Furthermore,Allison’s organizational process model allows us to comprehend how “individualdepartments and agencies are required to adhere to a standard operatingprocess” (Abelson, 2006). Also, Alison argues in specificcircumstances they are unable to have the “flexibility to change theirbehavior” (Abelson, 2006), this is importantin international politics because we can consider limited information and misrepresentationthrough institutional limitations. for instance, the Foreign Ministry is a prime example asthey focus primarily three main functions the routine information gathering, policy-making and provision of institutionalmemory. In addition, themain idea is that typical functioning methods are practically a gathering of previousforeign policy decisions.
First, governments identify the issue and make acomparison from a problem handled from the past. Ultimately, following the sameguidelines and procedures, that potentially was successful before. Likewise,the concept of ‘default positions’ enabling governments to avoid difficultprocedures of noting targets and cost and benefits for actions. Moreover, international politics needs theorganizational process model because it enables us to understand that decisionsdo not “come from rational decisions insteadof outputs of organizational processes” (Huda, 1969). Governments, follow firm, “pre-establishedroutines that give desired output” (Huda, 1969). Then again, perhaps the model doesn’tnecessarily contribute to international politics because it has minimal focuson optimization, instead of performance. Also, choices are restricted dependingon ‘standard operating procedures and arevery reliant on budget. Not to mention the organizational model insinuates thatthere is no learning or progress visible in ‘institutionally fixed positionsand procedures’.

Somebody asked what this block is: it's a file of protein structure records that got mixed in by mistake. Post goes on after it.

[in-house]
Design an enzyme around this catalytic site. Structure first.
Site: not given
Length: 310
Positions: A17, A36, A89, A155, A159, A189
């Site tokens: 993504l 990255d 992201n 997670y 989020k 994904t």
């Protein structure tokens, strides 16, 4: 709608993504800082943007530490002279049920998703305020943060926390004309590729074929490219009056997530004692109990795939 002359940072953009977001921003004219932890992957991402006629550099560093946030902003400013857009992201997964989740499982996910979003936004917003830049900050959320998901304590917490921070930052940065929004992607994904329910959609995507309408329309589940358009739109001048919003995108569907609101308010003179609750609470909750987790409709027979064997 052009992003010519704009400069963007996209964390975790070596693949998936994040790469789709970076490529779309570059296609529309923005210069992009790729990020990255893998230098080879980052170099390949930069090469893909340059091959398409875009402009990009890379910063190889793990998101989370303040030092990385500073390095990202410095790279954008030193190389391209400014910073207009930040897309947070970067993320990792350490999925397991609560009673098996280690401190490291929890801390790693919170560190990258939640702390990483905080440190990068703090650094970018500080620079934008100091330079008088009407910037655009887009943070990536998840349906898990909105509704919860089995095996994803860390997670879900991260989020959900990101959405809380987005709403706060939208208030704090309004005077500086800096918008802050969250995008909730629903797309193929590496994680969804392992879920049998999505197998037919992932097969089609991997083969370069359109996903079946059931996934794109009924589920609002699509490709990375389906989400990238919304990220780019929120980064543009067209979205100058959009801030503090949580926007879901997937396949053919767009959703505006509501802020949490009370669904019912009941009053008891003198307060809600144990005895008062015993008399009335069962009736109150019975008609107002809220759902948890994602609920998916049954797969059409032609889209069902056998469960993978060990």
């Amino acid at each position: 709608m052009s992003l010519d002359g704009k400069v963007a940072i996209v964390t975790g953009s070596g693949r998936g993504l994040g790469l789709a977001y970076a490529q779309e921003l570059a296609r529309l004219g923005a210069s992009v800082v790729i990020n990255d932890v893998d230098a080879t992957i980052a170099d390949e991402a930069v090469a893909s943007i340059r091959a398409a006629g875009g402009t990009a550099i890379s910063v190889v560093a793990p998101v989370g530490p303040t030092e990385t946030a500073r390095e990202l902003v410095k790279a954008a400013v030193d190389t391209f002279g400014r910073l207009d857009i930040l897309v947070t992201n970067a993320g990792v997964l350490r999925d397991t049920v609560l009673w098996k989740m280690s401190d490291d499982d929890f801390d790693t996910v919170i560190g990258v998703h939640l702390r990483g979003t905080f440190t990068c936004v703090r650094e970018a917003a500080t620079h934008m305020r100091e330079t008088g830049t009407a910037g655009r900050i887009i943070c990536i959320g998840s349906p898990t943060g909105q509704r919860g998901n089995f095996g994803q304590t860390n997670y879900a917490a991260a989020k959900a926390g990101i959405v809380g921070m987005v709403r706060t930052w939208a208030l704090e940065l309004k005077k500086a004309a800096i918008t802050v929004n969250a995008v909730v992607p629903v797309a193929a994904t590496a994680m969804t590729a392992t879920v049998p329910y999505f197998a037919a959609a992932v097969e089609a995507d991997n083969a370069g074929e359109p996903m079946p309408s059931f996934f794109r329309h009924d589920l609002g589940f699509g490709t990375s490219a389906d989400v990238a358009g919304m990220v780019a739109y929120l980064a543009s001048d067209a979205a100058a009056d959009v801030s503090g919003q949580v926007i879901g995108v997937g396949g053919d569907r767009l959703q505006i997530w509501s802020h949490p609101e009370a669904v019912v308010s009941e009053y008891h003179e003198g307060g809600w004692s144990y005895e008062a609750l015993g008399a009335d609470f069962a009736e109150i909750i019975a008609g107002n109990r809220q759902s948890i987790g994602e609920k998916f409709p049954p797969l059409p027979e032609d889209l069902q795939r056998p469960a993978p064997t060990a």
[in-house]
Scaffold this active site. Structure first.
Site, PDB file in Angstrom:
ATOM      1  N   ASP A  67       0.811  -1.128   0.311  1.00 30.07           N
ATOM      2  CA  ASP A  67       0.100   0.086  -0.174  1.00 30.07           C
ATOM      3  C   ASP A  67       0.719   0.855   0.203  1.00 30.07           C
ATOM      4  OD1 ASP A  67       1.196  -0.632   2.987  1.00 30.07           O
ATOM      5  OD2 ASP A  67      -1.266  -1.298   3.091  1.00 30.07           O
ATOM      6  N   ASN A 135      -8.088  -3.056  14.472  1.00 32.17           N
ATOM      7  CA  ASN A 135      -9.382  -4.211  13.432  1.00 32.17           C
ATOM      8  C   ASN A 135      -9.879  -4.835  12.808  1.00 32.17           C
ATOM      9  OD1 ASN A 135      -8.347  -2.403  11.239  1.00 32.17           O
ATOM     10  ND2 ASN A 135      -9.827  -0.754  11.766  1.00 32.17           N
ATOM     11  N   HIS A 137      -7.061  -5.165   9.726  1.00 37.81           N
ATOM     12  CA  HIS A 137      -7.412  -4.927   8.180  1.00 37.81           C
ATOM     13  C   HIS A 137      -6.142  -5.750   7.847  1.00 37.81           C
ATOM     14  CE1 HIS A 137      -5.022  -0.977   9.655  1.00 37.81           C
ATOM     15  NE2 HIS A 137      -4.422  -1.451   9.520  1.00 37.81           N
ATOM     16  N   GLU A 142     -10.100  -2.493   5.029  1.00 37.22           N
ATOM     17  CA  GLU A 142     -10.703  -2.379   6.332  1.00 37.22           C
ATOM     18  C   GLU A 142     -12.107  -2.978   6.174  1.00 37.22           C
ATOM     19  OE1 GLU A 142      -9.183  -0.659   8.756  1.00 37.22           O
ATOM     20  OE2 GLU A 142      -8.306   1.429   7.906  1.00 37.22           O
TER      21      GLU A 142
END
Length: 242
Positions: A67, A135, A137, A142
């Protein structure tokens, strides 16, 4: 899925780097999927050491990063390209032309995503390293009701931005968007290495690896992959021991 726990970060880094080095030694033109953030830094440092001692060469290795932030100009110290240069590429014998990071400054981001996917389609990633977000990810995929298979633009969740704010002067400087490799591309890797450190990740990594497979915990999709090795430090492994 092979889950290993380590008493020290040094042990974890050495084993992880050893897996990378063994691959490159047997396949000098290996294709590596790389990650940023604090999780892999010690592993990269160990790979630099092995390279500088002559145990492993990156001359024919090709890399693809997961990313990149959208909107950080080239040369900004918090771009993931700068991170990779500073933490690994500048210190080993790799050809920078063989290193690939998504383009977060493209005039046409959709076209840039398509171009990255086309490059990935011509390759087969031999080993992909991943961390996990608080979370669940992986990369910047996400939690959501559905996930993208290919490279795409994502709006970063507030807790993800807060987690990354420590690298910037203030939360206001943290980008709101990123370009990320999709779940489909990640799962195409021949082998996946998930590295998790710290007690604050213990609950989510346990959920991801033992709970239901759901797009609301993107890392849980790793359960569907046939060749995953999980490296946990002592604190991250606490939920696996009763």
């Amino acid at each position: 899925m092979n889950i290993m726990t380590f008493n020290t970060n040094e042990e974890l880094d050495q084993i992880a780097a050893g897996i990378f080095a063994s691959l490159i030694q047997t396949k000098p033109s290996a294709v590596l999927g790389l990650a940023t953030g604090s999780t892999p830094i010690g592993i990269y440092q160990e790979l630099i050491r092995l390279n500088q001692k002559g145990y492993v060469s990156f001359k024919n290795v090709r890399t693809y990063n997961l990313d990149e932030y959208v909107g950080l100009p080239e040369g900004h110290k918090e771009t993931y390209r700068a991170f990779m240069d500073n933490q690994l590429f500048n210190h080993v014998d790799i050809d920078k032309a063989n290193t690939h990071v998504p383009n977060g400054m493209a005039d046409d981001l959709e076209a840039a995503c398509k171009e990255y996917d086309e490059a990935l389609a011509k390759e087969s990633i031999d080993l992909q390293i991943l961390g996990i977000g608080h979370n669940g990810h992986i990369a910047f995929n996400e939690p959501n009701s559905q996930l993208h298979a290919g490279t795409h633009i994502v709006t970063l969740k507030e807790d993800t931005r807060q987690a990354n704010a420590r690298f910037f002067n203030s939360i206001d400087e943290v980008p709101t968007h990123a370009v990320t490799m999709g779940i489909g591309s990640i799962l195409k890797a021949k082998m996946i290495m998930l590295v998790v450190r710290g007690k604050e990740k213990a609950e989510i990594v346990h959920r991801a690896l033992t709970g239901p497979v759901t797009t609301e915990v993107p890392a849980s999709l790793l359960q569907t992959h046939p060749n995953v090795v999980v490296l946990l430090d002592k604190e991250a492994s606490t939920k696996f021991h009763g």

Regardless, the organizational model does indeed accentuateaccessible and identifiable decisions in constraining circumstances. Also,noting crucial domestic political influence.